Deep vein thrombosis (DVT) occurs when a blood clot blocks blood flow through a vein. One in every three people with DVT will develop chronic pain, swelling, and skin changes in the legs, called post-thrombotic syndrome (PTS). Compression therapy with, for example, elastic compression stockings is used to try to reduce swelling and improve blood flow in the veins of the leg. People with DVT can reduce the chance of developing PTS by wearing elastic compression stockings. Our objective was to determine effectiveness and rate of complications when compression therapy is used in people with DVT for prevention of PTS.
Study characteristics and key results
We identified 10 randomised controlled trials with a total of 2361 participants that evaluated compression therapy (current until March 2017). We combined five trials to assess our main outcome - PTS. We found that people with DVT who wear elastic compression stockings are less likely to develop PTS, and that compression did not lead to reduced incidence of severe PTS. We found no clear differences in occurrence of pulmonary embolism (blockage of the artery in the lung) nor in reports of recurrent DVT. Compression in the acute phase of DVT compared with "no compression" treatment did not significantly lower PTS incidence. Thigh-length stockings did not provide better protection against development of PTS than knee-length stockings. One trial reported that wearing compression stockings for two years seemed to be superior to wearing them for one year in terms of PTS incidence. Compression treatment did not seem to improve quality of life, except during the first nine days after DVT, but we could draw no real conclusions regarding this outcome. Side effects included itching, erythema, and other forms of allergic reaction. The study investigators reported no serious adverse events and indicated that compliance with use of compression stockings was generally high but varied across studies.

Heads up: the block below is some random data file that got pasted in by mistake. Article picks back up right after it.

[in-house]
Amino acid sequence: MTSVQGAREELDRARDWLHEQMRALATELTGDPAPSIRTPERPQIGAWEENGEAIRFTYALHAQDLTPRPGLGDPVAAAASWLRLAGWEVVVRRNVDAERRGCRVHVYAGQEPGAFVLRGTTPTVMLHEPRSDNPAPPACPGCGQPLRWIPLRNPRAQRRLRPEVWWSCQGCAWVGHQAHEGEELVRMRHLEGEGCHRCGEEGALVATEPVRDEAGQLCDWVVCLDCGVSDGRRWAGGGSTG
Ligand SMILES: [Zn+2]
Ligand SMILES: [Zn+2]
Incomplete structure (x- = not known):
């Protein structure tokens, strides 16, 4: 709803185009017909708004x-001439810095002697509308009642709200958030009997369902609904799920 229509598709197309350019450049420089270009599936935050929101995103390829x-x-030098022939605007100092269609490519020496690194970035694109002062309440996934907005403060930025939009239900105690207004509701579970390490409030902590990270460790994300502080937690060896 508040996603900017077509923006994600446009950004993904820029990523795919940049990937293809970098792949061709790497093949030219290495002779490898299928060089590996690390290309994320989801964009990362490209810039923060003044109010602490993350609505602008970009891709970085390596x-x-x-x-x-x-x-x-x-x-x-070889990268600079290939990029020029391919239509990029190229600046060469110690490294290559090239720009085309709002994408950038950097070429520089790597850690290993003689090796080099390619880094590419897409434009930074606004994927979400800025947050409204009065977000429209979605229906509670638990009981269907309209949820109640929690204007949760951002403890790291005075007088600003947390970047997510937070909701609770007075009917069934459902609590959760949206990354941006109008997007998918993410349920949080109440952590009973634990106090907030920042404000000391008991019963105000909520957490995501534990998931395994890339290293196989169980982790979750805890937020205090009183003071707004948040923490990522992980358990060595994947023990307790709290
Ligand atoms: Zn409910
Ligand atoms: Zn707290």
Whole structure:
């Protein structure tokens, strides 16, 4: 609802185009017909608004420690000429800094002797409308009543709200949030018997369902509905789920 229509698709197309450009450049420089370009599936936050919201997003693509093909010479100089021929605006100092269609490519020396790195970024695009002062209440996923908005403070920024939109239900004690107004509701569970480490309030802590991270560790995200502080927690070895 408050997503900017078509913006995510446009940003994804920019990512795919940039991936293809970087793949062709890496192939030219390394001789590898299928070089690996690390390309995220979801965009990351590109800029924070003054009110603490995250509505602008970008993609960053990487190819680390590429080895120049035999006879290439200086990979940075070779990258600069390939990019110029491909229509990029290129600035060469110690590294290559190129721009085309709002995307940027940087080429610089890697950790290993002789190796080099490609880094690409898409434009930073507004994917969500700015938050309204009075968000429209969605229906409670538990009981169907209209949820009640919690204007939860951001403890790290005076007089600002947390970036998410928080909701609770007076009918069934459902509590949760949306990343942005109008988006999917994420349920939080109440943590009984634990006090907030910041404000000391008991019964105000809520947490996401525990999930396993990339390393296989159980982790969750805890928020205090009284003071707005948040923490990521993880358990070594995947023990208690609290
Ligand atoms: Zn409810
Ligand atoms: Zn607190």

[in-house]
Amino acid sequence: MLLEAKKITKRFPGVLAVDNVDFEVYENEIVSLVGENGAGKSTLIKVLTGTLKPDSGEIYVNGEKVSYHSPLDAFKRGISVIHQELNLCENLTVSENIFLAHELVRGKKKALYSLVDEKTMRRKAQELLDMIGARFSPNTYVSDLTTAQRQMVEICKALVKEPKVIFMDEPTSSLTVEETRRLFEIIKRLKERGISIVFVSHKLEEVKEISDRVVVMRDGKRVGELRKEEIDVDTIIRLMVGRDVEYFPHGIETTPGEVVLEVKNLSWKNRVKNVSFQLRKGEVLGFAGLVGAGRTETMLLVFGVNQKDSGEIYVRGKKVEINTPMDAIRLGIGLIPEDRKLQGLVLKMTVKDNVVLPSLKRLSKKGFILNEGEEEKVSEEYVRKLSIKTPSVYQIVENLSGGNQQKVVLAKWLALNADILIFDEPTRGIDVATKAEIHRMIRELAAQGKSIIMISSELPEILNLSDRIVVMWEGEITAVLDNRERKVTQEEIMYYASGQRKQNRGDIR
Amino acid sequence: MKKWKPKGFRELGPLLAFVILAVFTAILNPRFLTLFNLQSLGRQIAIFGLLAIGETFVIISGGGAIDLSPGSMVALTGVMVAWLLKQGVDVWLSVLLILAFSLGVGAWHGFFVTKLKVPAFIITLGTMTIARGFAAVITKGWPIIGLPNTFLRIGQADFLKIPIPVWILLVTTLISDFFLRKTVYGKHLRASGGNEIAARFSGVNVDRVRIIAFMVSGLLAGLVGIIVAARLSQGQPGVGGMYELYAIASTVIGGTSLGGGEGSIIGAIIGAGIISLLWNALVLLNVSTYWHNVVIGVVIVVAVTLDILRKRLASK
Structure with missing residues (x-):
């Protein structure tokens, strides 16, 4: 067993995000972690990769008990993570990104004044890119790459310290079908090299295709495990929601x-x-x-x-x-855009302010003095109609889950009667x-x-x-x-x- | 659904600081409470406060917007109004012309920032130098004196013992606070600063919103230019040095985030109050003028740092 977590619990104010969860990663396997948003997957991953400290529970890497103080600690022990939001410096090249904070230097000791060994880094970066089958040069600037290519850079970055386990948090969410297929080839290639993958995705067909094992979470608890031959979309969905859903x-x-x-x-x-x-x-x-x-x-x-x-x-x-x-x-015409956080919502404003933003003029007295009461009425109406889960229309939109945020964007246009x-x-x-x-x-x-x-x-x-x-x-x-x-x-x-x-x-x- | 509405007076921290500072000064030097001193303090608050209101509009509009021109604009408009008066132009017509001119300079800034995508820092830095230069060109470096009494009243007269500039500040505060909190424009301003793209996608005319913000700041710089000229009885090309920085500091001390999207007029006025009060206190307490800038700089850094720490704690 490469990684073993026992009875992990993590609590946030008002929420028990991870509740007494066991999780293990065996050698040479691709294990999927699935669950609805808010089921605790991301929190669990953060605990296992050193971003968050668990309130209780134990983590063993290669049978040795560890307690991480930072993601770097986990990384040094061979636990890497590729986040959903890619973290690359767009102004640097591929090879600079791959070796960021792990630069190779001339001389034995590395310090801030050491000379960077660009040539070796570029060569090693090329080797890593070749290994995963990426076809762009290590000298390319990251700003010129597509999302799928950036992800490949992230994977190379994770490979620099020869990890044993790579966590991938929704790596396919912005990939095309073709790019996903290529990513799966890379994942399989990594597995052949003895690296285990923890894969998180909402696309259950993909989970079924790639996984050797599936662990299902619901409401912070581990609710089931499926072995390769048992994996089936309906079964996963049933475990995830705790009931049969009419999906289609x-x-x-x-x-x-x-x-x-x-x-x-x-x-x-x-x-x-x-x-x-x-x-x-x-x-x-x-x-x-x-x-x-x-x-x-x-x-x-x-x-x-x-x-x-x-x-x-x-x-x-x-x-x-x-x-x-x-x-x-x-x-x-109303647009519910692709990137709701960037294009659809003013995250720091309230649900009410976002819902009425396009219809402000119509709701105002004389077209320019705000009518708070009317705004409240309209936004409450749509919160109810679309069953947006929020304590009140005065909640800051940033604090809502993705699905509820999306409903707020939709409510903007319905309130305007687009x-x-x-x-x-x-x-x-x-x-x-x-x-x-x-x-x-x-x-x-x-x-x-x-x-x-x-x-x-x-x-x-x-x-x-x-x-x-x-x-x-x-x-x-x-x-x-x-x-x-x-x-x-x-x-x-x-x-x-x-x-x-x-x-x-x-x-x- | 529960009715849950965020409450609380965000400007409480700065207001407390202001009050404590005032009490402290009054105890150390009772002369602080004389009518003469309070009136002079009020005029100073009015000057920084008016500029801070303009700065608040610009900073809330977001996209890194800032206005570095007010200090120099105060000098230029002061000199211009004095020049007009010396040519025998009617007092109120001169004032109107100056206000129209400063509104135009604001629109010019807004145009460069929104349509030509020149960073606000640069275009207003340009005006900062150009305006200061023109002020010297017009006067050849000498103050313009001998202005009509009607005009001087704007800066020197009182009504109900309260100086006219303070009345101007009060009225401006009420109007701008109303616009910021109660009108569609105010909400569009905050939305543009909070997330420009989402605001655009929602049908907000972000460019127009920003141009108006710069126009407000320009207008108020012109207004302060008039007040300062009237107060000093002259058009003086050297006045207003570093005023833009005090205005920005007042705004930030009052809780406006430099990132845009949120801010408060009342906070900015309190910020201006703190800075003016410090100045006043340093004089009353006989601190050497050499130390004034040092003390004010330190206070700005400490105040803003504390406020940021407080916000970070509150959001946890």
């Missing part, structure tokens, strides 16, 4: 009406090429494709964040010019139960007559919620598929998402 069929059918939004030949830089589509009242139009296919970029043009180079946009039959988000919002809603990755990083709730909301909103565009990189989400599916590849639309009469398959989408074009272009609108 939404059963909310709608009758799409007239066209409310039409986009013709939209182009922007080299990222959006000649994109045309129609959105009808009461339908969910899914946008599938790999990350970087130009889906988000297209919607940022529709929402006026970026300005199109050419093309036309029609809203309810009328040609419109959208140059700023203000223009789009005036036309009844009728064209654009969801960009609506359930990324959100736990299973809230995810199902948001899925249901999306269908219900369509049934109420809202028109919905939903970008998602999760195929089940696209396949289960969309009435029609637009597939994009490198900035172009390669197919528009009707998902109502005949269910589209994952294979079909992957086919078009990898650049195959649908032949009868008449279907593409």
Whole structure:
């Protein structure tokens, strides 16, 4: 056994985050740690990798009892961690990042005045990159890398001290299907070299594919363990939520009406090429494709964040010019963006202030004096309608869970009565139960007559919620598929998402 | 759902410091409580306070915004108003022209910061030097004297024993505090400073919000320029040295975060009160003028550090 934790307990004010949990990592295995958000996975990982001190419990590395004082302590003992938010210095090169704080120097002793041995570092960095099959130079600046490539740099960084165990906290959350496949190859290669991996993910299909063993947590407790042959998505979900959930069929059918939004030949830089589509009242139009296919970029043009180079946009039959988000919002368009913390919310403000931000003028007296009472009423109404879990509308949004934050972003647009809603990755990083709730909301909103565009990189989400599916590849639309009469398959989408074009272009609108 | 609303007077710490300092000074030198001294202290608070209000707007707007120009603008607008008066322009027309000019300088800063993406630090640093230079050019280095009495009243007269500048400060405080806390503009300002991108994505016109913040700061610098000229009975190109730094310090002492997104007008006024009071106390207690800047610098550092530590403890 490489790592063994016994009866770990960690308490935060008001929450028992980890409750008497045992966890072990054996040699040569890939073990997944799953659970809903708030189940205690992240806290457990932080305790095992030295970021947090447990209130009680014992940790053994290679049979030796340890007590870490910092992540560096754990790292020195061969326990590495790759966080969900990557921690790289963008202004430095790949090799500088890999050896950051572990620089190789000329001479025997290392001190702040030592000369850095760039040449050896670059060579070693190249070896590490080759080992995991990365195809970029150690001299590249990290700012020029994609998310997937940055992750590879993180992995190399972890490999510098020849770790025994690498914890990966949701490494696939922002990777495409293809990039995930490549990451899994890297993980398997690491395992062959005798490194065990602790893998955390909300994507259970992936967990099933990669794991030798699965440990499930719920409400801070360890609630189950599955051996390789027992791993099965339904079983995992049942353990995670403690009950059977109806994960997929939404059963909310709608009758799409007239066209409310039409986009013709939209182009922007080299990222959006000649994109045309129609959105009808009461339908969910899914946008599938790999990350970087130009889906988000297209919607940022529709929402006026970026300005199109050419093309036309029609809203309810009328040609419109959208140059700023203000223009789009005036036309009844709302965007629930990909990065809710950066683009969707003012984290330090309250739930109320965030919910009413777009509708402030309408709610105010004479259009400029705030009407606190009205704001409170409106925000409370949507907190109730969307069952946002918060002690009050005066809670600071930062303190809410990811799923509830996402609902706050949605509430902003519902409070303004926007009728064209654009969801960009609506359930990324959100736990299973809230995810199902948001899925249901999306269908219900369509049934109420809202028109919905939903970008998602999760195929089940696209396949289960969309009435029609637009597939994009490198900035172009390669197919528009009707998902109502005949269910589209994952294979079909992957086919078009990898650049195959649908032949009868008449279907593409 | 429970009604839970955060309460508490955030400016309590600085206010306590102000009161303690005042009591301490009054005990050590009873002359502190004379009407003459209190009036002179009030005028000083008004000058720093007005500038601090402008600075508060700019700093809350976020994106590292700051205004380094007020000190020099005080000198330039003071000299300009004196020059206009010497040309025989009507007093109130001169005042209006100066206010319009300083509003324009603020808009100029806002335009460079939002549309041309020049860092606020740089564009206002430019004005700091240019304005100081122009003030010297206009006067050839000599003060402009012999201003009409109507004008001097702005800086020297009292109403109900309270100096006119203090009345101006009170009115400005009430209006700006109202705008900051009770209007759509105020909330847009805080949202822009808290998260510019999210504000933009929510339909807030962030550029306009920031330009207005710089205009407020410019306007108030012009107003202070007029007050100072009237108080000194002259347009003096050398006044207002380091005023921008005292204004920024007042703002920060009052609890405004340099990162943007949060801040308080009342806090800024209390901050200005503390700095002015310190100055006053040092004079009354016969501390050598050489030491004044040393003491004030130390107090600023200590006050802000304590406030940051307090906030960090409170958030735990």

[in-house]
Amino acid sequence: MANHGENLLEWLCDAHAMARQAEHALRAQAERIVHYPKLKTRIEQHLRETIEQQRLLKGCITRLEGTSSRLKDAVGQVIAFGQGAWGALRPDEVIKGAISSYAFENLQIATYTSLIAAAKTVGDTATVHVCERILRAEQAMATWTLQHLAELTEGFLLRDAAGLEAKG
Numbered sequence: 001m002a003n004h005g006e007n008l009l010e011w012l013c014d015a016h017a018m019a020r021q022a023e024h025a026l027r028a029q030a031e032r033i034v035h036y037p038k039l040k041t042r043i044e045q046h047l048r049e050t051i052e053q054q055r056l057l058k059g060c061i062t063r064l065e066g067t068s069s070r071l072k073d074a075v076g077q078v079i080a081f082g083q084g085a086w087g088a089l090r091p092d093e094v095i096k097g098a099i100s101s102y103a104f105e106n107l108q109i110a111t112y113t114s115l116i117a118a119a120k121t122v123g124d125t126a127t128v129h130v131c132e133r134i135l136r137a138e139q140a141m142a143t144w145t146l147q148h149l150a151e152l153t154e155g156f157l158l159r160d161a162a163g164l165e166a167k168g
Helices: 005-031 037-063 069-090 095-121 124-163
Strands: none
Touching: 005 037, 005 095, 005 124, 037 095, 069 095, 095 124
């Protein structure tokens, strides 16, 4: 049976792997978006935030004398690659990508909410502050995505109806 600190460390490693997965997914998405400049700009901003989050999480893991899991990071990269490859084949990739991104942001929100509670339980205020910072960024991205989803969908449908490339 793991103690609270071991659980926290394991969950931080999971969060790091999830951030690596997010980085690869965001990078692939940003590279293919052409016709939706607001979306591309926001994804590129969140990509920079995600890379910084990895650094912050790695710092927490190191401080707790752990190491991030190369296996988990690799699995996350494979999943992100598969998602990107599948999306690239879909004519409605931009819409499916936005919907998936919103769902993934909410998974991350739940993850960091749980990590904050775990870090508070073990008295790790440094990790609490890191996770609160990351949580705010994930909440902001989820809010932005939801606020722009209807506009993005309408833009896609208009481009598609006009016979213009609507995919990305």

Quality of the evidence
Although studies show a reduction in the number of people developing PTS, the quality of evidence is low because of considerable differences between studies and lack of or unclear risk of blinding due to clinical assessment scores. Overall, the included studies were of poor methodological quality.
Low-quality evidence suggests that elastic compression stockings may reduce the occurrence of PTS after DVT. We downgraded the quality of evidence owing to considerable heterogeneity between studies and lack of or unclear risk of blinding due to clinical assessment scores. No serious adverse effects occurred in these studies. Large randomised controlled trials are needed to confirm these findings because of current lack of high-quality evidence and considerable heterogeneity.
Post-thrombotic syndrome (PTS) is a long-term complication of deep vein thrombosis (DVT) that is characterised by chronic pain, swelling, and skin changes in the affected limb. One of every three people with DVT will develop post-thrombotic complications within five years. Several non-pharmaceutical measures are used for prevention of post-thrombotic syndrome during the acute phase of DVT. These include elevation of the legs and compression therapy. Clinicians and guidelines differ in their assessment of the utility of compression therapy for treatment of DVT. This is an update of a review first published in 2003.